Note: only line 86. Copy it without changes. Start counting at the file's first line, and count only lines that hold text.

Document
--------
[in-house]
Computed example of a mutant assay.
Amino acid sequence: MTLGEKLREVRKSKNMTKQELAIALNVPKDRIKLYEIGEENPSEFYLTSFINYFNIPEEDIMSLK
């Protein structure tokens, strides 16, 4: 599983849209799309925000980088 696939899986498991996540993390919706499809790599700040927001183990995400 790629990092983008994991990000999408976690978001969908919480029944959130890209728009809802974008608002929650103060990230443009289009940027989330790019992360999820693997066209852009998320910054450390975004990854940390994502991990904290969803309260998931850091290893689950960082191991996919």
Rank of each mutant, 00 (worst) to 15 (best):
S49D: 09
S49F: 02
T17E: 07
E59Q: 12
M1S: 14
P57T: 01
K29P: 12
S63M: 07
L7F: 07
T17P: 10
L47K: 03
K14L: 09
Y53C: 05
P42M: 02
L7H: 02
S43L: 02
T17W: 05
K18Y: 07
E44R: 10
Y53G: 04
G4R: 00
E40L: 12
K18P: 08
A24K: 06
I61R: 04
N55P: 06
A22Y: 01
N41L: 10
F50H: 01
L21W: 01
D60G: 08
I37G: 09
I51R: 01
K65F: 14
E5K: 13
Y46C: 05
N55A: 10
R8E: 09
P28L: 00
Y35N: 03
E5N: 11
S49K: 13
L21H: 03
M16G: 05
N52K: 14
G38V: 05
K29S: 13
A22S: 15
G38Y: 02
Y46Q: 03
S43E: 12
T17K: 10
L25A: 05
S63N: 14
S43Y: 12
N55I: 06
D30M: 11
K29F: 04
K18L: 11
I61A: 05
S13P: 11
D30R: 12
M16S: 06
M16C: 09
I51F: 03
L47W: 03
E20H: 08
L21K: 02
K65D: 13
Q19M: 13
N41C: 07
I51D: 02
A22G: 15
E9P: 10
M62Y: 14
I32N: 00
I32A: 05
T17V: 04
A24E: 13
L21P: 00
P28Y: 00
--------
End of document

P28Y: 00